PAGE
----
Happy New Year! Once the major holiday buzz subsides, media contacts are back in their offices, and the New Year’s news is unfolding. This is an important time to map out your book publicity plans for the next several months.
These six simple book publicity tips will help set you on the path to book promotion in the new year.
1) Tie your book into the New Year hype. What makes your book a good one for the New Year? Consider all of the relevant themes in your book and points in your message and see if any can be shaped into a ‘New Year’ pitch.
–Put a New Year spin on a children’s book that teaches kids manners:
“Rudeness – A Trend of Last Year: New Book Sets Children on the Path to Good Manners”
–Tie your business management book in with the 2011 hype:
“What’s Your New Year’s Business Resolution? New Book Helps Managers and Executives Set Reachable Goals for the Coming Year”
2) Look up appropriate magazines’ editorial calendars. Make a list of magazines whose content fits the themes in your book and key points of your message. Research on each magazine’s website the editorial calendar – can usually be found in the ‘media kit’ or ‘press’ page of the website. Knowing what features are being planned gives you the opportunity to pitch the editors your book to supplement the articles. Also, knowing when the articles are expected to run will allow you to plan the best time to submit your pitch.
*Reminder: Magazines typically work 3-4 months ahead of each issue.
3) Research holidays, awareness months, and remembrance days. Fill your calendar with dates that relate back to you and your book. By researching ahead of time which remembrance days, holidays, and awareness months and weeks tie in to a theme in your novel, a chapter in your business book, or a part of your personal message, you’ll be able to map out when you need to begin pitching. Remember, give yourself 3-4 months for magazines and at least three weeks for newspapers and online publications.
*For a list of holidays, awareness months/weeks, and remembrance days, visit http://www.epromos.com/education/calendars/.
4) Book your book fairs/tradeshows. Not only should you consider attending the major book fairs and trade shows, like BookExpo America (www.bookexpoamerica.com), you should check out fairs and festivals taking place in your region, some in your own backyard! Make sure you’re equipped to attend with business cards in hand. The easier you make it for people to get in touch with you, the higher your chances become to hear back.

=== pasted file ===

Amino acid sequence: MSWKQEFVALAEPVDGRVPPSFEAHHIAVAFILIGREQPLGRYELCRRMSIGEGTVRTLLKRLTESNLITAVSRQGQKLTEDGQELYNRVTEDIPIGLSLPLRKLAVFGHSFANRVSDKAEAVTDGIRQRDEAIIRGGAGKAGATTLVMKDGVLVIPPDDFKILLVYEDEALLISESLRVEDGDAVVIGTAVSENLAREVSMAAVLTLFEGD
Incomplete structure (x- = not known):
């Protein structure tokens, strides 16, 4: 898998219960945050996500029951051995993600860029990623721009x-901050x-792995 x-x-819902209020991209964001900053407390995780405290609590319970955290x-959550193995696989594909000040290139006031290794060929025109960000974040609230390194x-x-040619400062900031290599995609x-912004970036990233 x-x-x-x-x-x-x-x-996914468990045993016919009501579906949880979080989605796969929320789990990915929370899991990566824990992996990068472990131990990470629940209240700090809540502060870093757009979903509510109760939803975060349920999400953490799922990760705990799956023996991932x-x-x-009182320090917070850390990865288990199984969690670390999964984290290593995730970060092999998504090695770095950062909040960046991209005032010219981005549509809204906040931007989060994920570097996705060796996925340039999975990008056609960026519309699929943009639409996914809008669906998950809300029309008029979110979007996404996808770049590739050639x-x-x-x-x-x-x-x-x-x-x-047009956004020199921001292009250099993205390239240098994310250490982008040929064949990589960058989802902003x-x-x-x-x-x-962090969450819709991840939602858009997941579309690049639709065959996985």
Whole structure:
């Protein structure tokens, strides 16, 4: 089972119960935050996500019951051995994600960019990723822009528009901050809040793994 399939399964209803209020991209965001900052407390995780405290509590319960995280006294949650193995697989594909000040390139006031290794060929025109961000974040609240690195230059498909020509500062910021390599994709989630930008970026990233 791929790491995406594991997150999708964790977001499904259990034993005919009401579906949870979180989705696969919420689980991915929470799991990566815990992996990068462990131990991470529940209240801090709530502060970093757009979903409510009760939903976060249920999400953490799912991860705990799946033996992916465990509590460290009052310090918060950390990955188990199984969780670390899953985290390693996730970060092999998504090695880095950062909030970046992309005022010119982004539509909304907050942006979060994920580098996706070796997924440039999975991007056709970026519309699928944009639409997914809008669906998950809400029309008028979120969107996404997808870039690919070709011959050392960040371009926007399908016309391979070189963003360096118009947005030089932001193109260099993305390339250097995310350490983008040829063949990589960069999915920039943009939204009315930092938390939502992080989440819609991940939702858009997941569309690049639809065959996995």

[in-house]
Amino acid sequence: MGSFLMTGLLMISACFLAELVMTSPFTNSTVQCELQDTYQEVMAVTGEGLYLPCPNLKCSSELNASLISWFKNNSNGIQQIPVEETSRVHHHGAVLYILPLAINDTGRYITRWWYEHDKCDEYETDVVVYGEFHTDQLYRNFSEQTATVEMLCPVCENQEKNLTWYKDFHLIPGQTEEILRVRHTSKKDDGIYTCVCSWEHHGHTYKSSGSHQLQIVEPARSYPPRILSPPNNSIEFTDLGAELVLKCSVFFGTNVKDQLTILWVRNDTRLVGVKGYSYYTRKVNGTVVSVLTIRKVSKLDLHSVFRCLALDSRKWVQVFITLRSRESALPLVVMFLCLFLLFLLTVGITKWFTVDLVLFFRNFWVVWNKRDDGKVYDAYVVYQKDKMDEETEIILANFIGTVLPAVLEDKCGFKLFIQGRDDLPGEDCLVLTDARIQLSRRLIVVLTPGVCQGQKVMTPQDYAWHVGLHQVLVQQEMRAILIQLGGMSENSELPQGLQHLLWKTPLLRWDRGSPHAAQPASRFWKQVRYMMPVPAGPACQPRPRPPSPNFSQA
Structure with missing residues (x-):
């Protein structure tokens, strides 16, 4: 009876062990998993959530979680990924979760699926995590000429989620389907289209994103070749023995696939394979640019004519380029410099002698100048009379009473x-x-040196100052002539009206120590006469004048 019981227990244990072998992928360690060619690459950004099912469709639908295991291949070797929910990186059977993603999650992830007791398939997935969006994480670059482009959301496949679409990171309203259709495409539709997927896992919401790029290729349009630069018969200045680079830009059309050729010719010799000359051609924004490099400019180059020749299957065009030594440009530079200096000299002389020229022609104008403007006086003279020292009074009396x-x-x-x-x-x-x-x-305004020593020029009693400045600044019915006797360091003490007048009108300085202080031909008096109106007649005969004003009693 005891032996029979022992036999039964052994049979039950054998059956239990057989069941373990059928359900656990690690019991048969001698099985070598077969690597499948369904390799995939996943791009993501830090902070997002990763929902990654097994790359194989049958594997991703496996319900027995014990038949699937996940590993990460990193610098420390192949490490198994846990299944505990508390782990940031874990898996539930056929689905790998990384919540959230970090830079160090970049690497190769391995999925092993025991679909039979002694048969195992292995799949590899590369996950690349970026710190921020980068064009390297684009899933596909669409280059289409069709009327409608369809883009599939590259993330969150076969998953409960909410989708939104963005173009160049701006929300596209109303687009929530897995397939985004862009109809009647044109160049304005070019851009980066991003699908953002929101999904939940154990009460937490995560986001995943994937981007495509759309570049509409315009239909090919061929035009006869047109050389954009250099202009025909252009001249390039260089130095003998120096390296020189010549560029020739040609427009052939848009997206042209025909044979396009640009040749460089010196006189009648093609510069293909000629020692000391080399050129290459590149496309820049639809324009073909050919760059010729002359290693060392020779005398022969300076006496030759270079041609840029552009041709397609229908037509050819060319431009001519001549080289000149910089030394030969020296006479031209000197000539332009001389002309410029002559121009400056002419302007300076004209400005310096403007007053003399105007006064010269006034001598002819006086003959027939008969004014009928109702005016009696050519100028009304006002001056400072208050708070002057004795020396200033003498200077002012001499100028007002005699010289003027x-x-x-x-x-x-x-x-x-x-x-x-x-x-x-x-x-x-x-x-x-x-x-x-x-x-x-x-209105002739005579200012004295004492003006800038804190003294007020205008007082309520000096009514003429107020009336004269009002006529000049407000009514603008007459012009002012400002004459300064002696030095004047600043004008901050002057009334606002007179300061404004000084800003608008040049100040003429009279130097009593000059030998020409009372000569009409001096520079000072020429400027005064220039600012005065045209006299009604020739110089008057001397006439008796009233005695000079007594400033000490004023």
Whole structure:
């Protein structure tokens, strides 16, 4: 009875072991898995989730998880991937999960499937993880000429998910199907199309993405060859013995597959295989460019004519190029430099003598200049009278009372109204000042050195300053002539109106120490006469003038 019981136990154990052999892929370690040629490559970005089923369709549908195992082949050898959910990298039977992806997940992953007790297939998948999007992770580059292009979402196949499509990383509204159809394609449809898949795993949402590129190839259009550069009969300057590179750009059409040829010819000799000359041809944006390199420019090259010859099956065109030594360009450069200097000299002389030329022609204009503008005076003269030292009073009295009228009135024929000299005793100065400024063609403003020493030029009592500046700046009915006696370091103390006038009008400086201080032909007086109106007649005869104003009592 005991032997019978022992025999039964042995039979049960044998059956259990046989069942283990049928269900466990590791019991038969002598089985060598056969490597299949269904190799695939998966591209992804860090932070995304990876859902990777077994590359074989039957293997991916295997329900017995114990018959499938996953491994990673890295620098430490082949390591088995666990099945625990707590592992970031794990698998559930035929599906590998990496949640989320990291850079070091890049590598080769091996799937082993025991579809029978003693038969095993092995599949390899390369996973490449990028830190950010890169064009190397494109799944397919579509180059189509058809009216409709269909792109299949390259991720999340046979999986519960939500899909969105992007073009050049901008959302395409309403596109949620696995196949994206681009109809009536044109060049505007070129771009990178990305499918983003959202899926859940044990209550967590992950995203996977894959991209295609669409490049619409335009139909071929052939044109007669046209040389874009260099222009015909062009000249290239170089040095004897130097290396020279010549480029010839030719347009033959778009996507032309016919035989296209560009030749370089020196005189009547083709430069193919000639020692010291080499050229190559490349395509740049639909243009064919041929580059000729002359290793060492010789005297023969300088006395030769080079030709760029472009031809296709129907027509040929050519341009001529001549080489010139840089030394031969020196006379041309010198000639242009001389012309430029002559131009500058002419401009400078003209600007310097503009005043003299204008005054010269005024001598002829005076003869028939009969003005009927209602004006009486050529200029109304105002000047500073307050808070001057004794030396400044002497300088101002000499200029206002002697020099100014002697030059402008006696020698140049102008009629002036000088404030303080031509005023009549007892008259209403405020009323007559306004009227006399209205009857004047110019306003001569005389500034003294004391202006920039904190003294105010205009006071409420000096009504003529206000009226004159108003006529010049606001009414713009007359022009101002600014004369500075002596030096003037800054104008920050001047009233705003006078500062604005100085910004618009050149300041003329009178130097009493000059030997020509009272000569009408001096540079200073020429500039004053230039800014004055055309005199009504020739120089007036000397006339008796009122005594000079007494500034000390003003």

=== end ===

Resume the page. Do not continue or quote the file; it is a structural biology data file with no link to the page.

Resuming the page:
*For a breakdown of U.S. and worldwide book fairs and festivals, visit www.bibliobuffet.com. You can locate the lists under ‘Books & More Books’.
5) Start your blog. Make it a New Year’s resolution to start your author blog. Your blog will be a great way to incorporate ongoing industry trends and news developments that relate to your book and message. For novelists, your blog will give you a platform to discuss ‘real life’ issues that relate back to themes in your fictitious story. For nonfiction and business writers, your blog might become a place where you can offer additional tips or advice that expand on the points you’ve made in your book. By incorporating some of the tips from Cathy Stucker’s article above, you could be well on your way to building a successful blog by February!
6) Set three long term goals for you and your book. By brainstorming and setting a few practical goals for you and your book at the beginning of the year, you’ll be able to monitor your progress towards reaching them. The above tips should help you hone in on which goals are most appropriate for you and your book. Are you interested in hiring a graphic designer? The book fairs and tradeshows will be a great place to start networking! Do you want to be branded as an expert in your field? Tying your message in with awareness months and causes will solicit opportunities to highlight your expertise.
Bottom line: If you devote a few hours to completing these tasks, you’ll give yourself a year’s worth of promotional homework and be well on your way to raising awareness for you and your book. So, what’s your book publicity resolution?
Corinne Liccketto is the Sales & Marketing Manager at Smith Publicity, Inc. Beginning in 1997, Smith Publicity is one of the world’s leading promotional firms, specializing in book publicity. Fueled by a passion for making good things happen for clients, the company has worked with over 900 individuals and companies–from authors and entrepreneurs to publicly-held companies and businesses representing a wide range of industries. The Smith Publicity reach is international with offices in New Jersey, New York City, Los Angeles, and London. For more information about Smith Publicity, Inc., please visit www.smithpublicity.com.